Other collaborative efforts involved a broad-based, cross-campus presentation of an annual week in October of disability-oriented events, Investing in Ability Week, which has a specific theme each year. In years past our themes were “Art and Ability” and “bridging differences in learning,” while this year we are honoring all our veterans, both with and without disabilities. Specific events this year will include demonstrations of service dogs, two lectures by a general who is also a nurse, a panel on traumatic brain injury, several films on pertinent topics, an art exhibit by individuals who have suffered traumatic brain injury with an accompanying demonstration by art therapists, a panel on expressive writing for veterans, a talk by a Navy officer who served for 25 years despite having cerebral palsy (he hid his symptoms), two presentations by experts on defusing potential situations caused by post-traumatic stress disorder, an Army/Navy wheelchair game at a local high school with an ROTC color guard and starring an internationally-renowned wheelchair basketball champion; and, finally, the Neubacher Awards, a ceremony that honors a number of people who have been nominated by the university community for having done an exceptional job at raising consciousness about disability issues.
As far as the history of my personal role is concerned, I served as the only outreach librarian, albeit on a part-time basis, at our particular library for three years; then, when a full-time librarian for outreach was hired, I stepped partly out of my former position and, with permission, chose to call myself a “disabilities librarian.” I am charged with coordinating the disability pages on our university libraries’ websites, maintaining a guide to the major disability resources for our patrons, serving as the contact to other units with respect to relevant issues, and continuing to be a major resource for the Council for Disability Concerns. I oversee the agenda, arrange speakers, invite new members, and generally serve as the communications point person both inside and outside of the Council.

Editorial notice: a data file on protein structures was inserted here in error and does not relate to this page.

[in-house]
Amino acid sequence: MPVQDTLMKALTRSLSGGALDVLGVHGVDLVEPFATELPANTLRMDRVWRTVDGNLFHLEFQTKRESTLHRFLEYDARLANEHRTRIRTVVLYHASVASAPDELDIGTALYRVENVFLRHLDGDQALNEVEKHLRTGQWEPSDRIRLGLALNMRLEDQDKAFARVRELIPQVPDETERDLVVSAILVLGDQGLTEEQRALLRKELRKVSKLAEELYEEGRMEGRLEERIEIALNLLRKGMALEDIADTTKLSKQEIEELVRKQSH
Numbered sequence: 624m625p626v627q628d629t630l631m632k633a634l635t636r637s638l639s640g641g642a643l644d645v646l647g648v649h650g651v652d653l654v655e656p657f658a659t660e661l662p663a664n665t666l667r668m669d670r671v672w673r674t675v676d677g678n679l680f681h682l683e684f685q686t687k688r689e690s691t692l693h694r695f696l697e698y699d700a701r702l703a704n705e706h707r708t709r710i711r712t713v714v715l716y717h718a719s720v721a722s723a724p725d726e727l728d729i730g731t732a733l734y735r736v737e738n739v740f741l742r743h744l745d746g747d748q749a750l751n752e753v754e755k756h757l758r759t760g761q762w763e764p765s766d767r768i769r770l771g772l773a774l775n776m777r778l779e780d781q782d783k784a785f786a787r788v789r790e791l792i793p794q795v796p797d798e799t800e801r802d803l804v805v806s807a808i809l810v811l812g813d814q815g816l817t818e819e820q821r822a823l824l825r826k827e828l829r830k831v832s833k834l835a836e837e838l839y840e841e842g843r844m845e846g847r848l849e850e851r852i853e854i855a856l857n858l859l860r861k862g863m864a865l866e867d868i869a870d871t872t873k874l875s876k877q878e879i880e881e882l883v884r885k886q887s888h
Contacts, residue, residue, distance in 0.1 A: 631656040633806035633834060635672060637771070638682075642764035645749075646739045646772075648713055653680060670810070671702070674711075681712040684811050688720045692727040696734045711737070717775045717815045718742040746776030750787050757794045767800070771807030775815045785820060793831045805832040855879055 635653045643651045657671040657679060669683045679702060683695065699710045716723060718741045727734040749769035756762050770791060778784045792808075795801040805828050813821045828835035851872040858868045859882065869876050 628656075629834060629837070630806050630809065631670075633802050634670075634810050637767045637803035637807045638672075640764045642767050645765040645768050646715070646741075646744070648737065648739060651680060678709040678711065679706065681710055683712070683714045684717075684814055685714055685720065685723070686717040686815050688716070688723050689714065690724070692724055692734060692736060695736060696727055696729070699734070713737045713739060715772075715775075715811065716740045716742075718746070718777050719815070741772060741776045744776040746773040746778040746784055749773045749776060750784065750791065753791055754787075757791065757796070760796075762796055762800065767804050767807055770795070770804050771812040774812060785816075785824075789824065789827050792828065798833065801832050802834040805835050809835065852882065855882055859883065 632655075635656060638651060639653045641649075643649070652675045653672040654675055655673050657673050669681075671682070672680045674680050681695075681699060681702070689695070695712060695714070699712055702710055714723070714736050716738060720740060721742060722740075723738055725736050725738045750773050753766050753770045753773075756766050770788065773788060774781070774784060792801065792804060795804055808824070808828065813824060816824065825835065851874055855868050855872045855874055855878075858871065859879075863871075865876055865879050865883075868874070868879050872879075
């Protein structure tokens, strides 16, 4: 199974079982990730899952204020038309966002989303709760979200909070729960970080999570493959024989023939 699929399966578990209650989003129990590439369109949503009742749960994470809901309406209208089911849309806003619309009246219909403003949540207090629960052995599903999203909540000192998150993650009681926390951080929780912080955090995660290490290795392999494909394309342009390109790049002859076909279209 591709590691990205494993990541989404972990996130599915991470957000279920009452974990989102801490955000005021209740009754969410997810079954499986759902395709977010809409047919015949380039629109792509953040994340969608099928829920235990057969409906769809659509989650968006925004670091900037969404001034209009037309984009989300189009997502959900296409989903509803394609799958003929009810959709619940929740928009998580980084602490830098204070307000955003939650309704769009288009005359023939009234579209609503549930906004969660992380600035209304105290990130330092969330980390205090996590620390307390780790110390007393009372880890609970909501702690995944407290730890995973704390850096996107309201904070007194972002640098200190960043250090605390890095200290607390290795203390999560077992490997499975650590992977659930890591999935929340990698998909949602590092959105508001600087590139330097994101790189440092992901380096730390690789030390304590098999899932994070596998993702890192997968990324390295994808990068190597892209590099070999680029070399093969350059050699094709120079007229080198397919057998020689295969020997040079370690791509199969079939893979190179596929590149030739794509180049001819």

I am also a permanent part of the university-wide Integrated Disability Advisory Committee, which is responsible for finding best practices in making it possible for injured and ill employees to return to work. I also am part of a three-member Parking and Transportation Special Group, handling petitions by individuals who are having problems finding accessible parking places because of physical challenges.
In the arena of disability, there are a multitude of tasks to do and there are many contacts to make on a continuous basis, with new opportunities arising all the time. For example, right now, a colleague from the University of Michigan Health System and I are planning to collaborate with several members of the Ross School of Business and with a statewide human resources organization with over 30 chapters (GAASHRM), to set up a conference regarding the disclosure of disabilities in the workplace. This is a huge problem for both employers (productivity, turnover, employee dissatisfaction, legal traps for the unwary) and employees. Understandably, many employees who fear losing their jobs or otherwise being discriminated against tend to try to hide their disabilities. This conference will focus on the best ways to handle disability concerns and disclosure issues, from both the employer and employee perspectives.
I am very enthusiastic and excited about this latest project. It is literally brand new and has come to light only this very morning. I think that the library can play an important part with respect to this topic as well as numerous others that in previous years we did not consider to be in our purview. I believe that I can provide information with respect to the salient statistics and also assist with finding venues and interested collaborators in this venture. Libraries have opened their doors and librarians have stepped through them to the outside world. I like to think of myself as an example of one who has done just this in the role of “disabilities librarian,” and I am sure that many others have also ventured forth in similar ways.